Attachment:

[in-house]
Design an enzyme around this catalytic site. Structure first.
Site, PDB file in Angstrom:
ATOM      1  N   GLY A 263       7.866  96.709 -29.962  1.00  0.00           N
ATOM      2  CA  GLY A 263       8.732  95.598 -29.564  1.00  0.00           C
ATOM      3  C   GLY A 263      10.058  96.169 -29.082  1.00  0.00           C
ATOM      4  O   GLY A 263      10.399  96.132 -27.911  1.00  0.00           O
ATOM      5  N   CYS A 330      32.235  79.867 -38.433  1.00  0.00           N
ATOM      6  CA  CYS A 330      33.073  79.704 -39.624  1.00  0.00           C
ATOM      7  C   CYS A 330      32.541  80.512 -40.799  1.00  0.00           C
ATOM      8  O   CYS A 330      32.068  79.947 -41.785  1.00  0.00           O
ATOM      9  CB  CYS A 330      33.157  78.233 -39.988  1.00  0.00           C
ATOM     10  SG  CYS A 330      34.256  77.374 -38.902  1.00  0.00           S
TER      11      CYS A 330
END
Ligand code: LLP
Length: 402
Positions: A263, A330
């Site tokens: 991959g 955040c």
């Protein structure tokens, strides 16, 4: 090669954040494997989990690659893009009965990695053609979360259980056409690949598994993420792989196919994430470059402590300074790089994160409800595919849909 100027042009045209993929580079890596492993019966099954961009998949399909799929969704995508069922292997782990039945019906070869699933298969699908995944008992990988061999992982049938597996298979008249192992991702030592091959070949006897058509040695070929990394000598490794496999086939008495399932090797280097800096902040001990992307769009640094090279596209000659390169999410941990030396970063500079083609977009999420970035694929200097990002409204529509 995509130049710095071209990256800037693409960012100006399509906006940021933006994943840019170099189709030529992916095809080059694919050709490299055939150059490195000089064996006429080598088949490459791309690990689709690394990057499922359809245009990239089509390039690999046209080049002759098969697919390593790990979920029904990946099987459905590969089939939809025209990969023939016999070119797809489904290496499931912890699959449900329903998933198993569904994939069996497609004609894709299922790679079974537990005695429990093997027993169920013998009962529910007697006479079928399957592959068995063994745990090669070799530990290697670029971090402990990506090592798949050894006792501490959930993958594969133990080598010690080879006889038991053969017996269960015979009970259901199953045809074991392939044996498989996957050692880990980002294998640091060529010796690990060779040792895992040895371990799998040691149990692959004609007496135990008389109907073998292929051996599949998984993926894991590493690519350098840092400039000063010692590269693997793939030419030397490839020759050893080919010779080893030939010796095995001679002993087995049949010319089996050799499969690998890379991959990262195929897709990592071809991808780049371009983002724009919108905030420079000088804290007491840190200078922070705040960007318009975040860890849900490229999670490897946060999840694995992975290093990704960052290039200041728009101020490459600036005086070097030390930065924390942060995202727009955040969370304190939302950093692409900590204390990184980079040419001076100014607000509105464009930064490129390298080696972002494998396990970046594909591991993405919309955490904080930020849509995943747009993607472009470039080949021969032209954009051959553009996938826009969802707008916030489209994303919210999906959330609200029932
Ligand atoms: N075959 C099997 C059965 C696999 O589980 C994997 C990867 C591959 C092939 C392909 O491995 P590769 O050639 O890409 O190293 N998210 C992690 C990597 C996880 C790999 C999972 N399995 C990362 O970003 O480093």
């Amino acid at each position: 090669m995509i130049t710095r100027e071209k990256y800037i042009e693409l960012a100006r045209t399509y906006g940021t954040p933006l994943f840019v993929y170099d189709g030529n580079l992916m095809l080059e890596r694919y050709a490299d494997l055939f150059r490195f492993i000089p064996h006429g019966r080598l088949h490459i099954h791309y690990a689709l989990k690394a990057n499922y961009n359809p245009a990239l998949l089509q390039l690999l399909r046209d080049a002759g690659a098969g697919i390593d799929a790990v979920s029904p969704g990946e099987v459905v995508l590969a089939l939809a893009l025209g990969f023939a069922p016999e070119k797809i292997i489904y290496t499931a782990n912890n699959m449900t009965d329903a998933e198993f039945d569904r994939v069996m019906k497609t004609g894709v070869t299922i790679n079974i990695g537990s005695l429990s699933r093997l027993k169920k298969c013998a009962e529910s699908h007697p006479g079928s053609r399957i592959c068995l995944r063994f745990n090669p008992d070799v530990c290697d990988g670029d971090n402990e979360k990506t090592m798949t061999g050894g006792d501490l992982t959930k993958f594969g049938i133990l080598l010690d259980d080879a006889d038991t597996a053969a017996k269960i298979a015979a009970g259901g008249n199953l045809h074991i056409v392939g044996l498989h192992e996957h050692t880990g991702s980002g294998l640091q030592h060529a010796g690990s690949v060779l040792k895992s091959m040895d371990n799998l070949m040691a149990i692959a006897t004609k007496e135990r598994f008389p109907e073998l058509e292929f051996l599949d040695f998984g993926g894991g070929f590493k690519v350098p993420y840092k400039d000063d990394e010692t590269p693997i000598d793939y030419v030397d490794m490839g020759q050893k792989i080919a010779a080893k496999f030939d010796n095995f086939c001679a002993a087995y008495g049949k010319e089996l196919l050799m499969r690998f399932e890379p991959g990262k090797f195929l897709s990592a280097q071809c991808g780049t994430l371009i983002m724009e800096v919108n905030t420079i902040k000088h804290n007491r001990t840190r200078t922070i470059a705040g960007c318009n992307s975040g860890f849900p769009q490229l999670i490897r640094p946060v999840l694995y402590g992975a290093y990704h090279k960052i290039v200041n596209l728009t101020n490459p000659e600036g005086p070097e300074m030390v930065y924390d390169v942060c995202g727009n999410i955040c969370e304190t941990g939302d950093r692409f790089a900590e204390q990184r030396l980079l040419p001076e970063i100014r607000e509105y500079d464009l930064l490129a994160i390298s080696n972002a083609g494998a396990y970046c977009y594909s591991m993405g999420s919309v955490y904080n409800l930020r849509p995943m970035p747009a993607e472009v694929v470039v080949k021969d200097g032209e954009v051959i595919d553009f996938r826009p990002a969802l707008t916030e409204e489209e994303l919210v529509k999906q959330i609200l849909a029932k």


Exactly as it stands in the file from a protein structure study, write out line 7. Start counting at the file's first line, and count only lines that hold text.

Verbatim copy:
ATOM      4  O   GLY A 263      10.399  96.132 -27.911  1.00  0.00           O